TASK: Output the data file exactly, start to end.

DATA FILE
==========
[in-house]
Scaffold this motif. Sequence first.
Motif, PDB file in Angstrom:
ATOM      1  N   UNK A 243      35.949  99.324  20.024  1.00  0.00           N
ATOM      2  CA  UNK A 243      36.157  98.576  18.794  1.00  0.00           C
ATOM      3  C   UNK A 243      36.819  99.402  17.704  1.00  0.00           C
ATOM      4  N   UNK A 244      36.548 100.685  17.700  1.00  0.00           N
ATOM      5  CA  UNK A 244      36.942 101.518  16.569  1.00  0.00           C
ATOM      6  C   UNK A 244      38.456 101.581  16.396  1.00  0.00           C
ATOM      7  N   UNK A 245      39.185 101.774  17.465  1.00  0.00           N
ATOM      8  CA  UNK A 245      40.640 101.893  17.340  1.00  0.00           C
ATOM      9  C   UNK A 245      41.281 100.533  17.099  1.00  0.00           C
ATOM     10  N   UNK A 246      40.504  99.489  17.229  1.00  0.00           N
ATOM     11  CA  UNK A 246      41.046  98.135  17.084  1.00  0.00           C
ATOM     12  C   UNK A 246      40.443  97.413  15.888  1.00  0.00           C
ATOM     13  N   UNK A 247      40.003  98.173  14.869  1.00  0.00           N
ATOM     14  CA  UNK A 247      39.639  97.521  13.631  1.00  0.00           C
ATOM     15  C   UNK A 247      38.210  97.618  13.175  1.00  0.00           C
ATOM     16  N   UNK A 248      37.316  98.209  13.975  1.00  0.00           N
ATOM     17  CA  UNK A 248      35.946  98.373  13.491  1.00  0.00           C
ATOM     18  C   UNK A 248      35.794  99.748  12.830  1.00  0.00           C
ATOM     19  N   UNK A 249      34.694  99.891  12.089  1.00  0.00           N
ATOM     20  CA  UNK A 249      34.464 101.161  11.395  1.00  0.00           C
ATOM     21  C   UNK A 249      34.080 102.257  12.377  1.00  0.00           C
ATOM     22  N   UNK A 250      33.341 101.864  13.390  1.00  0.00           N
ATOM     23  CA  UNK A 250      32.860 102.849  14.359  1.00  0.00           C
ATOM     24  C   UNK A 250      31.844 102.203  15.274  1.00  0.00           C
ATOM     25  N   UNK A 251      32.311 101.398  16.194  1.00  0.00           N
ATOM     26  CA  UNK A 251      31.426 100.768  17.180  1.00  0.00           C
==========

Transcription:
[in-house]
Scaffold this motif. Sequence first.
Motif, PDB file in Angstrom:
ATOM      1  N   UNK A 243      35.949  99.324  20.024  1.00  0.00           N
ATOM      2  CA  UNK A 243      36.157  98.576  18.794  1.00  0.00           C
ATOM      3  C   UNK A 243      36.819  99.402  17.704  1.00  0.00           C
ATOM      4  N   UNK A 244      36.548 100.685  17.700  1.00  0.00           N
ATOM      5  CA  UNK A 244      36.942 101.518  16.569  1.00  0.00           C
ATOM      6  C   UNK A 244      38.456 101.581  16.396  1.00  0.00           C
ATOM      7  N   UNK A 245      39.185 101.774  17.465  1.00  0.00           N
ATOM      8  CA  UNK A 245      40.640 101.893  17.340  1.00  0.00           C
ATOM      9  C   UNK A 245      41.281 100.533  17.099  1.00  0.00           C
ATOM     10  N   UNK A 246      40.504  99.489  17.229  1.00  0.00           N
ATOM     11  CA  UNK A 246      41.046  98.135  17.084  1.00  0.00           C
ATOM     12  C   UNK A 246      40.443  97.413  15.888  1.00  0.00           C
ATOM     13  N   UNK A 247      40.003  98.173  14.869  1.00  0.00           N
ATOM     14  CA  UNK A 247      39.639  97.521  13.631  1.00  0.00           C
ATOM     15  C   UNK A 247      38.210  97.618  13.175  1.00  0.00           C
ATOM     16  N   UNK A 248      37.316  98.209  13.975  1.00  0.00           N
ATOM     17  CA  UNK A 248      35.946  98.373  13.491  1.00  0.00           C
ATOM     18  C   UNK A 248      35.794  99.748  12.830  1.00  0.00           C
ATOM     19  N   UNK A 249      34.694  99.891  12.089  1.00  0.00           N
ATOM     20  CA  UNK A 249      34.464 101.161  11.395  1.00  0.00           C
ATOM     21  C   UNK A 249      34.080 102.257  12.377  1.00  0.00           C
ATOM     22  N   UNK A 250      33.341 101.864  13.390  1.00  0.00           N
ATOM     23  CA  UNK A 250      32.860 102.849  14.359  1.00  0.00           C
ATOM     24  C   UNK A 250      31.844 102.203  15.274  1.00  0.00           C
ATOM     25  N   UNK A 251      32.311 101.398  16.194  1.00  0.00           N
ATOM     26  CA  UNK A 251      31.426 100.768  17.180  1.00  0.00           C